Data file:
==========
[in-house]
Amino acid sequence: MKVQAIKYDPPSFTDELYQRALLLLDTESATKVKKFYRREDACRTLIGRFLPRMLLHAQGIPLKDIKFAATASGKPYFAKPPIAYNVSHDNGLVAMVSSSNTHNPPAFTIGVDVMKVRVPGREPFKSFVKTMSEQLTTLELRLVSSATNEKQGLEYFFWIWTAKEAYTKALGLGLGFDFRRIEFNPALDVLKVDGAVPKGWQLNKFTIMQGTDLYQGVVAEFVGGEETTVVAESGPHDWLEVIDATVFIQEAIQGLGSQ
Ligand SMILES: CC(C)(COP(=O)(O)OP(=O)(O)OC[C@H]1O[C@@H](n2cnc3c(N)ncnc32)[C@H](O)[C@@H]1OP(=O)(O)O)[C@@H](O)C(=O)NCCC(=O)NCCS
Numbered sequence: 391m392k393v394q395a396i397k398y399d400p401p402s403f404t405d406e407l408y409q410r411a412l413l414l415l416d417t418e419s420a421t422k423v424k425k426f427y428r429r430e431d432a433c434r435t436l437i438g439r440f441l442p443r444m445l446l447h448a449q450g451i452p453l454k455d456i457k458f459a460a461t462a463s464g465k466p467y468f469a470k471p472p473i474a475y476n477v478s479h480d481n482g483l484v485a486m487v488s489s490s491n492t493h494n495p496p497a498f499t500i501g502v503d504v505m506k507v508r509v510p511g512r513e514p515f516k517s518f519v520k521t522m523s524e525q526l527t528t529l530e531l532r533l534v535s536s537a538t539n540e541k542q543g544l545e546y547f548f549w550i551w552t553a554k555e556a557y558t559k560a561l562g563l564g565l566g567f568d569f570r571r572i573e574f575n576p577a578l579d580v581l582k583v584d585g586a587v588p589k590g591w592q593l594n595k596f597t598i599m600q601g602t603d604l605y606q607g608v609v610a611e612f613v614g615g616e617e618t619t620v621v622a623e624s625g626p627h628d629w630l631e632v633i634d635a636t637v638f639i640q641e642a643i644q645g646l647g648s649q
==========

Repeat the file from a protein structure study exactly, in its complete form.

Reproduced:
[in-house]
Amino acid sequence: MKVQAIKYDPPSFTDELYQRALLLLDTESATKVKKFYRREDACRTLIGRFLPRMLLHAQGIPLKDIKFAATASGKPYFAKPPIAYNVSHDNGLVAMVSSSNTHNPPAFTIGVDVMKVRVPGREPFKSFVKTMSEQLTTLELRLVSSATNEKQGLEYFFWIWTAKEAYTKALGLGLGFDFRRIEFNPALDVLKVDGAVPKGWQLNKFTIMQGTDLYQGVVAEFVGGEETTVVAESGPHDWLEVIDATVFIQEAIQGLGSQ
Ligand SMILES: CC(C)(COP(=O)(O)OP(=O)(O)OC[C@H]1O[C@@H](n2cnc3c(N)ncnc32)[C@H](O)[C@@H]1OP(=O)(O)O)[C@@H](O)C(=O)NCCC(=O)NCCS
Numbered sequence: 391m392k393v394q395a396i397k398y399d400p401p402s403f404t405d406e407l408y409q410r411a412l413l414l415l416d417t418e419s420a421t422k423v424k425k426f427y428r429r430e431d432a433c434r435t436l437i438g439r440f441l442p443r444m445l446l447h448a449q450g451i452p453l454k455d456i457k458f459a460a461t462a463s464g465k466p467y468f469a470k471p472p473i474a475y476n477v478s479h480d481n482g483l484v485a486m487v488s489s490s491n492t493h494n495p496p497a498f499t500i501g502v503d504v505m506k507v508r509v510p511g512r513e514p515f516k517s518f519v520k521t522m523s524e525q526l527t528t529l530e531l532r533l534v535s536s537a538t539n540e541k542q543g544l545e546y547f548f549w550i551w552t553a554k555e556a557y558t559k560a561l562g563l564g565l566g567f568d569f570r571r572i573e574f575n576p577a578l579d580v581l582k583v584d585g586a587v588p589k590g591w592q593l594n595k596f597t598i599m600q601g602t603d604l605y606q607g608v609v610a611e612f613v614g615g616e617e618t619t620v621v622a623e624s625g626p627h628d629w630l631e632v633i634d635a636t637v638f639i640q641e642a643i644q645g646l647g648s649q